“I have been blessed in so many ways that I just want to give back,” Taylor says.
While handling the high-pressure demands of live television, she often has students alongside. “I love having students shadow me,” Taylor says. “I’ve had them at College GameDay, I’ve had them on the sidelines of college football games, and I’ve had them with me at NBA Countdown. It’s important to allow people to see themselves in those roles and actually interact with people who they would be interacting with in those roles. If you see it then I really do believe that you can achieve it.”
A LOVE OF SPORTS
When Taylor was entering the sixth grade a neighbor asked if she wanted to play in a church basketball league.
And she loved every glorious minute of it – including sinking a three-pointer.
“I’m 6-foot-2 now, and my dad is 6-foot-7, so growing up we always knew I would be tall, but we weren’t sure how tall,” Taylor says of those teen years. “So for a young girl growing up it’s important to be around like-minded individuals, and also for a girl I was around people who had the same body type as me: we were long and we were tall and we had broad shoulders. So it was cool to be around people that I felt looked like me and it was a good thing to have these long arms and legs. When I went to school I was called the Jolly Green Giant, but then you go to AAU practice and you can jump out of the gym and you can get rebounds and that was something that changed the game for me. I feel that sports gave me a home early to let me build my confidence and really to not just be deciding how I feel about myself based on the way that I looked.”
The sport grabbed her heart and she had a basketball in her hands every chance she could.
“We had a hoop in our driveway that I was always shooting on,” she says. “I would always be asking my mom to take me to the park, and I would go play with the guys. There were two different parks that I went to that were right by my house and I just loved it. I could spend all day there.”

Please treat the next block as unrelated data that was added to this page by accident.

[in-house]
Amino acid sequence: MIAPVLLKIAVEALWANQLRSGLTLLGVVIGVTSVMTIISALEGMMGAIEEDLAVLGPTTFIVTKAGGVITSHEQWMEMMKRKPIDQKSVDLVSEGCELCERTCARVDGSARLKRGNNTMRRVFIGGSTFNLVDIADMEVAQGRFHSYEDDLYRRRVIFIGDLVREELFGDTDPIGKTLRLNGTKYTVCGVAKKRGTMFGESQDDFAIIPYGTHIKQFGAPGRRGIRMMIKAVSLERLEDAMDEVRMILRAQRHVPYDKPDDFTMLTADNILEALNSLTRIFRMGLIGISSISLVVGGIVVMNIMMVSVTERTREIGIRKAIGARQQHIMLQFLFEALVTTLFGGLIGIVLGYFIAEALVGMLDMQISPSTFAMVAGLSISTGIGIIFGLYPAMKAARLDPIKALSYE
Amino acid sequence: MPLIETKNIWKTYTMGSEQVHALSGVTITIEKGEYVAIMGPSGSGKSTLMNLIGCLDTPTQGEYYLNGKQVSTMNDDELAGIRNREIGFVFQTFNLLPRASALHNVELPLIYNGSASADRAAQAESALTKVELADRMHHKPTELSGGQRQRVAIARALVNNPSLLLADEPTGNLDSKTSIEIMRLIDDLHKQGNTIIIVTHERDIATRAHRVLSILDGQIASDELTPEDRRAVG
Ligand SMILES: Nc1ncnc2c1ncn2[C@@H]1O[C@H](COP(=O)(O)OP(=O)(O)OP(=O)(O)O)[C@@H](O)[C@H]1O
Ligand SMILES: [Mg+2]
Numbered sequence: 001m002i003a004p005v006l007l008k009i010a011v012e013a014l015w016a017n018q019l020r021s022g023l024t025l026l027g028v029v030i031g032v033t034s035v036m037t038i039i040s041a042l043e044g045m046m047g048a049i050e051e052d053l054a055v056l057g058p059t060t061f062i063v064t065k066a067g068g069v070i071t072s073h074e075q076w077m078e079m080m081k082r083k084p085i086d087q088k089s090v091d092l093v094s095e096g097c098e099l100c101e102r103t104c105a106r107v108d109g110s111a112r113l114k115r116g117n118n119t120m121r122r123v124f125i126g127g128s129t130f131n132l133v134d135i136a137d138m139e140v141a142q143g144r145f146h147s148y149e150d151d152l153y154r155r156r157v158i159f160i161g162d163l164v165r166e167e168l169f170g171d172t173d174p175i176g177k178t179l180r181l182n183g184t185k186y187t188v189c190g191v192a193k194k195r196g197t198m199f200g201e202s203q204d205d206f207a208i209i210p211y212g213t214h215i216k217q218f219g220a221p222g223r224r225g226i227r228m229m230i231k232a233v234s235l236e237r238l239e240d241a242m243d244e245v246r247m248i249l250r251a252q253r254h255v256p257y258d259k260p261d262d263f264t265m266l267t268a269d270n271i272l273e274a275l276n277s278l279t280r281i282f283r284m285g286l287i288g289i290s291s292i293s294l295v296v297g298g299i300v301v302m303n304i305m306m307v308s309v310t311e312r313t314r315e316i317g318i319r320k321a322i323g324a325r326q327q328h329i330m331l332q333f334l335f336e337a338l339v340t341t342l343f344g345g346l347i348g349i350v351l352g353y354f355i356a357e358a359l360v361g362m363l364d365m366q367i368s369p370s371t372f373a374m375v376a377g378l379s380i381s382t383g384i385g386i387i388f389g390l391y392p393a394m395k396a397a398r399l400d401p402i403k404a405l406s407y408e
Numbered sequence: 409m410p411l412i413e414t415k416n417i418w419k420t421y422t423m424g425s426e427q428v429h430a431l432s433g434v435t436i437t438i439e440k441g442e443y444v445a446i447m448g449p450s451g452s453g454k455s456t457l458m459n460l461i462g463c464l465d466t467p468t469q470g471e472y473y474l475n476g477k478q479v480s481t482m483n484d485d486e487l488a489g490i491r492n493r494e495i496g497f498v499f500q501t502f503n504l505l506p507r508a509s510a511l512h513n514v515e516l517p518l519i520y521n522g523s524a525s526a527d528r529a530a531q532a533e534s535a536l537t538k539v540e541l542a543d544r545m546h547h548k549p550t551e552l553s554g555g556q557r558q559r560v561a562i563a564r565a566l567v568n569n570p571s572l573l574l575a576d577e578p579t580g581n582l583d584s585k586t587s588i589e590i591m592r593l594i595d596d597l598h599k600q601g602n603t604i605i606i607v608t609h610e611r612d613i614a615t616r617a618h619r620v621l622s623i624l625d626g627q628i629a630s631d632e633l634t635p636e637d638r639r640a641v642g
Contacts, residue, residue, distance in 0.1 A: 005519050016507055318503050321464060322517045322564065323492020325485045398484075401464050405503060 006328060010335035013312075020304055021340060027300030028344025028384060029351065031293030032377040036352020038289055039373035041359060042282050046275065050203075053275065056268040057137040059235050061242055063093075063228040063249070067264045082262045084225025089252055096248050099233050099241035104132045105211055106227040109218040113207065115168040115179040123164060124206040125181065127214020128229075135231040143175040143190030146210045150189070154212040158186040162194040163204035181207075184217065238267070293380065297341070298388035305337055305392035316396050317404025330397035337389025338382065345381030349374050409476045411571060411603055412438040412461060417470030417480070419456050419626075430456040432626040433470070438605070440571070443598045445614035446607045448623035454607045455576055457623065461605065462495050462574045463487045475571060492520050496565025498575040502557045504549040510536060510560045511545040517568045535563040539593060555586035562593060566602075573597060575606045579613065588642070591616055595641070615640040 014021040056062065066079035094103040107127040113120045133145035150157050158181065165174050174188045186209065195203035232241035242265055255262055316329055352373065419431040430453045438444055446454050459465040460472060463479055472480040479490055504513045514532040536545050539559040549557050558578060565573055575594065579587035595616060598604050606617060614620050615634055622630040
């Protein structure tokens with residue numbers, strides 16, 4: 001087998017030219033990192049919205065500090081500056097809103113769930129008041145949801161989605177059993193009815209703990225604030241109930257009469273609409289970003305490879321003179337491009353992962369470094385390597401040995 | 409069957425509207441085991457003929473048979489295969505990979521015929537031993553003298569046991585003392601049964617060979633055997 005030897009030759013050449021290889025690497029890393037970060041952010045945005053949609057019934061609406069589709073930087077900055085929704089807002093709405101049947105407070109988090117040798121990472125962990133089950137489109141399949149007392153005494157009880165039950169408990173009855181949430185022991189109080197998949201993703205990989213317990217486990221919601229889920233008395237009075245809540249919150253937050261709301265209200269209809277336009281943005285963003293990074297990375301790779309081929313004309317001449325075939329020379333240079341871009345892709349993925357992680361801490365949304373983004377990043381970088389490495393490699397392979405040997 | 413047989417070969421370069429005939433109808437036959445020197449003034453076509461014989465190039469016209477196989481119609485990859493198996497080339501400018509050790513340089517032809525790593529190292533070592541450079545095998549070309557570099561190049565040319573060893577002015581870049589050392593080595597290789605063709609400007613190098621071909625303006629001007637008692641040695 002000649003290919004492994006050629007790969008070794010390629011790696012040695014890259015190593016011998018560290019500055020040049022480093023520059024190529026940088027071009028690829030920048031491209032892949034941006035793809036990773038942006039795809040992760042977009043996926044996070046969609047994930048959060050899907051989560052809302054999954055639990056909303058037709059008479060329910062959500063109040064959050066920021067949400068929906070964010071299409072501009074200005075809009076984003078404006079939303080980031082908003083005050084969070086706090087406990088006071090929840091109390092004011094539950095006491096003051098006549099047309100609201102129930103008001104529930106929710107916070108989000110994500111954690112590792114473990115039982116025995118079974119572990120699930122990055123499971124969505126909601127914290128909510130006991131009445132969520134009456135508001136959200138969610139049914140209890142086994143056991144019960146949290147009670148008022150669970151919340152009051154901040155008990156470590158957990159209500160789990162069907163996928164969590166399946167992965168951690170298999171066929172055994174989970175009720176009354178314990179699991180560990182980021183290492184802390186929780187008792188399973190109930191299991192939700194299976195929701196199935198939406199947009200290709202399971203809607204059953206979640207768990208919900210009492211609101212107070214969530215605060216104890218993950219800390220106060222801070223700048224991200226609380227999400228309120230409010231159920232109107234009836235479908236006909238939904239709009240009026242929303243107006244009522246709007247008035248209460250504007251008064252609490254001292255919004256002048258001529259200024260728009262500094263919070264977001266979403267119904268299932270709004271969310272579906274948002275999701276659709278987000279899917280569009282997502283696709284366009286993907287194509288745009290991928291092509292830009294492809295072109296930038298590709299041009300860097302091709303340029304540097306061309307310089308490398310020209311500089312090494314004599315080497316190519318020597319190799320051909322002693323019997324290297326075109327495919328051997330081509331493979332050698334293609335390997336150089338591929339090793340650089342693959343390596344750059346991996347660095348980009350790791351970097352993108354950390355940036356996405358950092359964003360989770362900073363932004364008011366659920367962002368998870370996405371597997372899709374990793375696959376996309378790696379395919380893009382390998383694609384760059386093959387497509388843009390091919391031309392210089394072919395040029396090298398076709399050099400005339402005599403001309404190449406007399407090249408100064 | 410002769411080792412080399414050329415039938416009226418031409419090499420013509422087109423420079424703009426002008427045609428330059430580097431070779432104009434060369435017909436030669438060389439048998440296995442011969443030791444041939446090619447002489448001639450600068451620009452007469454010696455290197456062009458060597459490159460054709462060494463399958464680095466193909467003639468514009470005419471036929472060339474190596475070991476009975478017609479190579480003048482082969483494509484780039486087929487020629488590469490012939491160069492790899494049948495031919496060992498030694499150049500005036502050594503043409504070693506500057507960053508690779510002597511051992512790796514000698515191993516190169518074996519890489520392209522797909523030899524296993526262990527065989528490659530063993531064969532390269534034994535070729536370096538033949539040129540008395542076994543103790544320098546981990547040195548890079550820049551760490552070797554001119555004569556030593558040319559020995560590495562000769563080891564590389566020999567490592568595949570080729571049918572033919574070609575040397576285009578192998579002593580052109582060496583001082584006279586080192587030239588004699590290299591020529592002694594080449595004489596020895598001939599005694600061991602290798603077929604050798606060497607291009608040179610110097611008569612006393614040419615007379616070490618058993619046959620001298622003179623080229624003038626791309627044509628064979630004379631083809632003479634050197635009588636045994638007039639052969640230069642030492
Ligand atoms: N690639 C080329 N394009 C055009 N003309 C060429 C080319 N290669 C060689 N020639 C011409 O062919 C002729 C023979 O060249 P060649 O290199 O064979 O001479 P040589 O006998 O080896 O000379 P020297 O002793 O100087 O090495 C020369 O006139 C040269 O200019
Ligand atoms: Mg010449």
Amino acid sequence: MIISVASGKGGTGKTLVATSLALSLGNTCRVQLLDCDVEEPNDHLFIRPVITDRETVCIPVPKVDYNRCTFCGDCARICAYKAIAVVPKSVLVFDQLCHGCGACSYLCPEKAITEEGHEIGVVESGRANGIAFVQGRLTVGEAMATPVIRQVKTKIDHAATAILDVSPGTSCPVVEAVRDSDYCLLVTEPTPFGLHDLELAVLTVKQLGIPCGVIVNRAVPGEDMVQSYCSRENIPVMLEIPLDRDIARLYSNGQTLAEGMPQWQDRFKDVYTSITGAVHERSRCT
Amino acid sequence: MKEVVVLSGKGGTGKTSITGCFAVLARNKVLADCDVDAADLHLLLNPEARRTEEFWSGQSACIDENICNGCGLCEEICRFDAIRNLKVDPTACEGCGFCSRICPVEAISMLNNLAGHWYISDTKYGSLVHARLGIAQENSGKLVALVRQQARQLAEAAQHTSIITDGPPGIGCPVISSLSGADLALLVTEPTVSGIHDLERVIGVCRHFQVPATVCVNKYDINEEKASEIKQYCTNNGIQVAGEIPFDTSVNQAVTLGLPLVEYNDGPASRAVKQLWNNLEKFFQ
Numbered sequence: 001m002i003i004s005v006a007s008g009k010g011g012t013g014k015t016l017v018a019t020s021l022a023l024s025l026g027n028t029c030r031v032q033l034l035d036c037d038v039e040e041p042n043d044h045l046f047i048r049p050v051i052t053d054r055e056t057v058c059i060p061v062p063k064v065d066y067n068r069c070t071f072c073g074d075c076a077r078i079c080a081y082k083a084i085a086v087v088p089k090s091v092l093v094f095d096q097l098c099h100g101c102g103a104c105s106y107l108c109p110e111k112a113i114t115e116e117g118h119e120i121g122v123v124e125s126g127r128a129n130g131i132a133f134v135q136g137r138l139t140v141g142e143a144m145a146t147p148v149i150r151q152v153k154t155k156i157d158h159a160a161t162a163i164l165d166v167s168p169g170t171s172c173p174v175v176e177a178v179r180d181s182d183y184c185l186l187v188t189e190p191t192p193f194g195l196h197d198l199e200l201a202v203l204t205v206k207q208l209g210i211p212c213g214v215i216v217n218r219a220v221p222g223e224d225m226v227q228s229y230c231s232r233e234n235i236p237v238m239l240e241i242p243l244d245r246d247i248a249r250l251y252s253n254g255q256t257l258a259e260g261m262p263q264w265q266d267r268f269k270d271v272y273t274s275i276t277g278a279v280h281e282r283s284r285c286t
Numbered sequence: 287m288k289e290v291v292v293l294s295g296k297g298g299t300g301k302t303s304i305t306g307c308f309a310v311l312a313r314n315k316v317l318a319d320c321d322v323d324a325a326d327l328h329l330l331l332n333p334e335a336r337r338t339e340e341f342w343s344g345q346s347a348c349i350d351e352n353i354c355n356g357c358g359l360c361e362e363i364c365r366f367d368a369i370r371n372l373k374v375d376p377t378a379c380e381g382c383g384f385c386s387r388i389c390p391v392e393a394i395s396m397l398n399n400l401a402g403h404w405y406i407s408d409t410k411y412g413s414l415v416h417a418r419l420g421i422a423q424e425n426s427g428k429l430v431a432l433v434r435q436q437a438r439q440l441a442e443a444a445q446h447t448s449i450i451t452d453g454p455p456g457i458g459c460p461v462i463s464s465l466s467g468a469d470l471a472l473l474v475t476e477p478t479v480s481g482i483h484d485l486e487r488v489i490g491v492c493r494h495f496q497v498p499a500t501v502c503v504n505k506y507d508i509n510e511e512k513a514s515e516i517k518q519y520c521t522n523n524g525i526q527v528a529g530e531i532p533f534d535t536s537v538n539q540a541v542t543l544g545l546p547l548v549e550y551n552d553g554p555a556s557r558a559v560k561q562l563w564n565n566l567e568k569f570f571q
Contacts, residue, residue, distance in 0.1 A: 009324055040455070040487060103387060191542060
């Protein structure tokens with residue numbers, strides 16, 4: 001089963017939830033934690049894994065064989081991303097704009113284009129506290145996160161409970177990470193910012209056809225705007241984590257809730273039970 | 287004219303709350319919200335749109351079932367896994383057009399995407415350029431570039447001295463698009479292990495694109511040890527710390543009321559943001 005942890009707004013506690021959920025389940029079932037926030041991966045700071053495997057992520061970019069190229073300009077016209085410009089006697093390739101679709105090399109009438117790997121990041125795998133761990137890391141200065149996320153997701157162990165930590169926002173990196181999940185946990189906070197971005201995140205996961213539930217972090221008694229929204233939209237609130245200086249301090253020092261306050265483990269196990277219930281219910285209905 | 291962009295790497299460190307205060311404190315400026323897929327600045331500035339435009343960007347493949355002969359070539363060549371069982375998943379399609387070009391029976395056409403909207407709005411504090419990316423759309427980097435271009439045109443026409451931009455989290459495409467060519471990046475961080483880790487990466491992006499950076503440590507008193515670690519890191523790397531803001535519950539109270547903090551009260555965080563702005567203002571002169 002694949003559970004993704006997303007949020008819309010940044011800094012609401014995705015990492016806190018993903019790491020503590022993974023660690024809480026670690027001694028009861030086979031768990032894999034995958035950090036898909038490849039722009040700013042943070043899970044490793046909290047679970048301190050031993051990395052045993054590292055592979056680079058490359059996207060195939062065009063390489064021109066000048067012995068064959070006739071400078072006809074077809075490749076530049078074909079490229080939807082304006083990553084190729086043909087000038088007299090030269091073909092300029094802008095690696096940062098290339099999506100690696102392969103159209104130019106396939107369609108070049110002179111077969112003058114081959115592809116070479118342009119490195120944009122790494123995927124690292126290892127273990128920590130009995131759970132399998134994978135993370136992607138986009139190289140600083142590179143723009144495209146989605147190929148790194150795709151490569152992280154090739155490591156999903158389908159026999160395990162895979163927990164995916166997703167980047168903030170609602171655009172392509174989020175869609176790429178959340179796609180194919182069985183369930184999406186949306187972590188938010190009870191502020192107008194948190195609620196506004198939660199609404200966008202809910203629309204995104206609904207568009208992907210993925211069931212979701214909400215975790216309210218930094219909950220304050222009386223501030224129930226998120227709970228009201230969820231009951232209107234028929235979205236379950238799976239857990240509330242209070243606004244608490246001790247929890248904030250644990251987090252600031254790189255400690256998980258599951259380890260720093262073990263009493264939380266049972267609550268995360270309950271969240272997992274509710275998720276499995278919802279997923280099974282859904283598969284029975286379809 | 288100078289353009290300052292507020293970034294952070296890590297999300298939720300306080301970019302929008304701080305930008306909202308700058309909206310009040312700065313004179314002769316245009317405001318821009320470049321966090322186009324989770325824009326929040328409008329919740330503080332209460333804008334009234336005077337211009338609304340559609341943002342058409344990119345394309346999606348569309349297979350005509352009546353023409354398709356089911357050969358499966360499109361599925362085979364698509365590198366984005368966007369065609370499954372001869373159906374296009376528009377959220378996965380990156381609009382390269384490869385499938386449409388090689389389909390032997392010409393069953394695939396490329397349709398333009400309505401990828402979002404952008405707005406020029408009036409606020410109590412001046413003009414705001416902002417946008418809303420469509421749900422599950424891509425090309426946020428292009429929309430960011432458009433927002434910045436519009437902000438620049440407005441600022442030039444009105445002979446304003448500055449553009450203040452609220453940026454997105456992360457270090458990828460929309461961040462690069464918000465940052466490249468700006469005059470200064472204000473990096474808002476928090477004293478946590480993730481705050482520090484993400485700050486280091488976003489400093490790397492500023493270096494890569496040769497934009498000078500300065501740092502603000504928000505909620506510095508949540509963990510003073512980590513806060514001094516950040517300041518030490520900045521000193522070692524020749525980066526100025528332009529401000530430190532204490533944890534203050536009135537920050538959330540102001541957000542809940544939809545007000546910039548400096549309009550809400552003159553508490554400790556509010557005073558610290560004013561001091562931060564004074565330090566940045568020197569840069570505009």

She embraced the challenges that the game presented.
She loved the competition.
And she cherished the pursuit of improvement.
“I was someone who, even in college, I loved practice,” she says. “I liked to go to practice and I liked to get better because I’m a perfectionist. So I want that time to tinker with my approach or to tinker with my shot, and to see it go in and see the results of that hard work.”
Part Two of our conversation with Lisa Yue, Founding Executive Director of the Children’s Cardiomyopathy Foundation
Dr. Kristine Keane, co-author of the new book Be All In: Raising Kids for Success in Sports and Life, shares all-important insight on concussions, specialization, and more
Lauren Johnson, Mental Conditioning Coordinator for the New York Yankees, on helping young athletes thrive amid the stress and struggles that accompany competing in sports
Soccer great Christie Pearce Rampone, three-time Olympic Gold Medalist, two-time World Cup Champion and co-author of Be All In, on helping parents raise their young athletes for success on and off the field